Still here. I’m serious.

Moving away will not cause me to jump off and follow you.  This is a serious turkey face.

This is the way home.  I do not wish to go home. You can tell that by the fact that I am not moving.

This is still the way home. I am seriously displeased.

If we cross the street we will not be going home.

Really? You’re not going to cross the street with me?

Notice the lady behind me—she has been watching our slow and laborious turkey-induced progress. Or lack thereof. She is amused and is just about to take a picture of me being obstinate. Which is to say, she is about to take a picture of me.

Anyway, this lovely walk consumed the afternoon but it really was good fun. For me. And Elizabeth got the best possible excuse for not doing the things she was supposed to do.

I think I will leave it there for now.  For those of you who don’t live amongst Christmas tree vendors here is a picture featuring the tempting gauntlet that I am forced to run on all my walks?  Those fragrant trees just call out for my attentions…

Oh and if I get a bit silent social media wise in December it’s because Elizabeth, who is my amanuensis and scribe (as well as being my cook, chauffeur and maid of all work) just signed up a project with yet another insanely short time frame.  So while everyone else is out enjoying themselves for Christmas, she will be glued to her computer writing things that are not about me—a situation which I find abhorrent.  Almost as abhorrent as the seasonal headgear and jingly ruff which are threatening to make their annual appearance from the back of her closet.

Until next time,

Wimsey, a Picture Perfect Hound

Saturday, November 29, 2014

Wimsey's Blog: Diary of a Manhattan Bloodhound #366


Entry #366
November 29, 2014

Hello Everyone, it’s me Wimsey with a late breaking blog post from the Upper West Side of Manhattan written under the assumption that people must be bored with eating turkey sandwiches and watching football.  I’m sure they would much rather read about me instead. I mean how much turkey and football can humans stand, especially when there are Hounds who have much better uses for their time. I must say though, that I am finding the 4-day weekend a bit trying, as are my human Maria and her friend Elizabeth.  Maria is tired of me trying to drag her over to Elizabeth’s apartment to make up for the two-day deficit I have in hanging out over there and Elizabeth worries about me when I am not under her daily supervision.  That, and the fact that she has been trying to deal with all kinds of fun technology glitches in my social media career which she manages. But more about that later.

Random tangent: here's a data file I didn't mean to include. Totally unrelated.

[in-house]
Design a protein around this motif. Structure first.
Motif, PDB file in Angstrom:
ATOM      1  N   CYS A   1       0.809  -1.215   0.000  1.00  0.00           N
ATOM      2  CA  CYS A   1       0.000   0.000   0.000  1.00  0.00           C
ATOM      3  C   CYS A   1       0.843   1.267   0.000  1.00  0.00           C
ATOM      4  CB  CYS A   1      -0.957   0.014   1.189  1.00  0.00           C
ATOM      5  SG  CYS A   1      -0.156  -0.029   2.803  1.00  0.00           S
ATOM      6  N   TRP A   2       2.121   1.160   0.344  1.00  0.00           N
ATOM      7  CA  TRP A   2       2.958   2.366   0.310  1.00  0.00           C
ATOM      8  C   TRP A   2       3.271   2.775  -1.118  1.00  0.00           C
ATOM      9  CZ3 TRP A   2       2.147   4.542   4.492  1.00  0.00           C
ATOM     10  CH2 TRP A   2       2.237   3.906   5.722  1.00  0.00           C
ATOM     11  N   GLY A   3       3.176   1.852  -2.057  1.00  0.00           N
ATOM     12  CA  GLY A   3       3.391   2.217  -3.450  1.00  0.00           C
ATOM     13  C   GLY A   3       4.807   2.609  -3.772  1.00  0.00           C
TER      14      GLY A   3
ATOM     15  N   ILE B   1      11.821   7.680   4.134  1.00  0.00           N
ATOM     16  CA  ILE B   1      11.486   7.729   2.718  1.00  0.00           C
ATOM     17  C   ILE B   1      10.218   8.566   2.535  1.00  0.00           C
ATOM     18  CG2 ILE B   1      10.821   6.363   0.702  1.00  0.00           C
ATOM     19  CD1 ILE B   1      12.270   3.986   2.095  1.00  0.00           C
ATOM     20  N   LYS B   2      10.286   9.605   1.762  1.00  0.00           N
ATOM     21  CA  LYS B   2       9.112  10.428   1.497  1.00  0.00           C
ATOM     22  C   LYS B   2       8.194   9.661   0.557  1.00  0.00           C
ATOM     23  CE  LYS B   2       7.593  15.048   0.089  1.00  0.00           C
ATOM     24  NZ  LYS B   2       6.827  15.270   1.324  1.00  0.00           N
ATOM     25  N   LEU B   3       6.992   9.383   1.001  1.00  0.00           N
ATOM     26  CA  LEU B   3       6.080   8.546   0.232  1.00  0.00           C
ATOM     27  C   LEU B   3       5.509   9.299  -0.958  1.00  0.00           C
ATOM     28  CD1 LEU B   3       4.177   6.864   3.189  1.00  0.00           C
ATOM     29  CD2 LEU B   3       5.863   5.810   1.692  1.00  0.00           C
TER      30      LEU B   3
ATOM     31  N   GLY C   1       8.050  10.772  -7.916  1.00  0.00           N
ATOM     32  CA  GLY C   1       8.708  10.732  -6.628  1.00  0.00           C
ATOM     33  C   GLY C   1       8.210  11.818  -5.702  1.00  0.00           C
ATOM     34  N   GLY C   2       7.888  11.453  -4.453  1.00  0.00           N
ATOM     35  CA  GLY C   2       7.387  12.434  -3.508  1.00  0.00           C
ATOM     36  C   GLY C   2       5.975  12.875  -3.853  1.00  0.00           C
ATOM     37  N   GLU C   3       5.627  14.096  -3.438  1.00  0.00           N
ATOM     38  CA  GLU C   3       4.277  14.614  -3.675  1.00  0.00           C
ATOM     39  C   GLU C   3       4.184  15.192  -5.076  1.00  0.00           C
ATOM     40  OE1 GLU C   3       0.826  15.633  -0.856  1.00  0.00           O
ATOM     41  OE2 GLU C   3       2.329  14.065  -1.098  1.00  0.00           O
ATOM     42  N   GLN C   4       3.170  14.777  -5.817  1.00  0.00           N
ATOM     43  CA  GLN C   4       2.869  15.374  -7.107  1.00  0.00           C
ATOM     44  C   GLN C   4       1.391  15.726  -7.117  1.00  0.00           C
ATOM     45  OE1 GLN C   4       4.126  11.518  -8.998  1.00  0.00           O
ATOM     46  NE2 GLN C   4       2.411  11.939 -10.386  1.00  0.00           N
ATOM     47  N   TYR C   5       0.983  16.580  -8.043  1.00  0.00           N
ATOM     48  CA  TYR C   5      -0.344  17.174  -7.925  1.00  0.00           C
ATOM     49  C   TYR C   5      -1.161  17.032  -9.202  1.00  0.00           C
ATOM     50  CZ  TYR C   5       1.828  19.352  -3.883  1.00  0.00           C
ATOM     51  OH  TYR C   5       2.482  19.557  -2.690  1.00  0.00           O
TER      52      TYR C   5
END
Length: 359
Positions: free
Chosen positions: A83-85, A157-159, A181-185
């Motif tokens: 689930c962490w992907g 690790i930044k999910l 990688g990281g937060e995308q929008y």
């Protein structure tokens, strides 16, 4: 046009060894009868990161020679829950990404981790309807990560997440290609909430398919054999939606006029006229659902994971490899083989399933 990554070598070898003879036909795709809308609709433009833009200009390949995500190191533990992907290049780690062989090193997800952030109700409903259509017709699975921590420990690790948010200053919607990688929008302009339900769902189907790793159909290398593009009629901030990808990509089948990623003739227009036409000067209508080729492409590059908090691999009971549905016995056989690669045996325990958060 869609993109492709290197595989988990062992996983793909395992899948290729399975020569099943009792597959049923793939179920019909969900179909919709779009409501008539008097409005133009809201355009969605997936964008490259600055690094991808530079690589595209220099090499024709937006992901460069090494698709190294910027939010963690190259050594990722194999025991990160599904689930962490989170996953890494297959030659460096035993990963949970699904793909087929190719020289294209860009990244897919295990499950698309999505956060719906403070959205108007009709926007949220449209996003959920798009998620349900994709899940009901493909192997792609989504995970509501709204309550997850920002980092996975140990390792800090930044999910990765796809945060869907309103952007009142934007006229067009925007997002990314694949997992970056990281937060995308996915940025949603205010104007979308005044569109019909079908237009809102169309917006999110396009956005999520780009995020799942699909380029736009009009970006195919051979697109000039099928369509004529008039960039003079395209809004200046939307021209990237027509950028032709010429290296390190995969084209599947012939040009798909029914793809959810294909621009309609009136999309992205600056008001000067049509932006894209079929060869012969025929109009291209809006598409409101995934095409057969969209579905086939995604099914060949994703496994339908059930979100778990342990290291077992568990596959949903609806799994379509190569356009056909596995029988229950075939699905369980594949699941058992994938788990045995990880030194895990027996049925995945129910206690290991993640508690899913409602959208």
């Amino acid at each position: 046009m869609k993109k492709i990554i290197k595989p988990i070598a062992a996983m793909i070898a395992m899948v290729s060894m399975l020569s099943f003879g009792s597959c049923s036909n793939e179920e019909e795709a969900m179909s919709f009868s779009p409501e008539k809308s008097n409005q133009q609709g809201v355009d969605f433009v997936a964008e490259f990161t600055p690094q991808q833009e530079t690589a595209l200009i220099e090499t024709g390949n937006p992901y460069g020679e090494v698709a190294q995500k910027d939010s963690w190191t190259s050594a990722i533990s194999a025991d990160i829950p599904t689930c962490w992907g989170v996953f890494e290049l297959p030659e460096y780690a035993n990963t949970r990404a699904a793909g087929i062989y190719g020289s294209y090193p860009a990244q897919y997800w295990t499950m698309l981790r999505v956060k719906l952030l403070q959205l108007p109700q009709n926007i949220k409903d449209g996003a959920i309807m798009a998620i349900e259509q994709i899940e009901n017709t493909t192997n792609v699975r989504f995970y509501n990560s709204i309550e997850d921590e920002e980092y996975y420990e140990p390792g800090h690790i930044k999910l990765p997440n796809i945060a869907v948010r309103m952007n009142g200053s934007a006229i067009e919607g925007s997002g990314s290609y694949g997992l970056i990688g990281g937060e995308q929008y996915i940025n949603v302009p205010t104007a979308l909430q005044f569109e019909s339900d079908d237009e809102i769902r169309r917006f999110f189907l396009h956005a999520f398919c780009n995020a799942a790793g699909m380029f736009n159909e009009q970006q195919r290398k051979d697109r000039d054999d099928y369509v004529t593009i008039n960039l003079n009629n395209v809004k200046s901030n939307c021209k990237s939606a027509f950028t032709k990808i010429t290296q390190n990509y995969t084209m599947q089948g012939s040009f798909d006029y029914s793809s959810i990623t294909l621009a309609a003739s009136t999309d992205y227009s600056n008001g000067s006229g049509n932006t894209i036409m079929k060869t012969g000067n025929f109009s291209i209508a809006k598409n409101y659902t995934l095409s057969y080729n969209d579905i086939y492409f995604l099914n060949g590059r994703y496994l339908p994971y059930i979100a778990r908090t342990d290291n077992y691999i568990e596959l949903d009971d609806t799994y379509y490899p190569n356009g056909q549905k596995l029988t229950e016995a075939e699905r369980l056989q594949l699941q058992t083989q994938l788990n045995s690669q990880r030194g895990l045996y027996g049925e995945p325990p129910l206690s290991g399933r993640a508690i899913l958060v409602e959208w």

First, this week there is a serious absence of photos owing to the fact that we have been experiencing some premature winter weather and the ordeal of removing gloves and fishing out a camera or phone has proven too arduous a task for my humans.  Not to mention the fact that by the time they accomplish all of this I have moved out of frame and on to some other entertaining activity that requires their full attention—like being “in mood”, a condition that was the subject of some furious email exchanges between my humans this week.  Usually such exchanges take the form of texts but in this case there was simply too much obnoxiousness to convey.

A Day in the Life of A Hound in a “Mood”

The “mood” began on Tuesday when Elizabeth turned up as usual to take me for my customary midday walk and subsequent sojourn at her place. While she was getting me ready (eye ointment, ear cleaning, teeth brushing-- the usual pre-walk hygienic routine) there was some activity in the hallway which required some vigorous baying at on my part. Let me say that as vocal a Hound as I am outside I am very quiet inside and my humans discourage indoor baying in the interests of not getting nasty notes from the neighbors. It is extremely unusual for me to bay at anything going on in the hallway but all bets are off when I am in a mood. And in spite of the fact that the activity had ceased by the time I been bribed off the couch and into my harness I charged out of the apartment baying at the top of my lungs (which is to say at a deafening decibel level) and nearly tore Elizabeth’s arm out of its socket.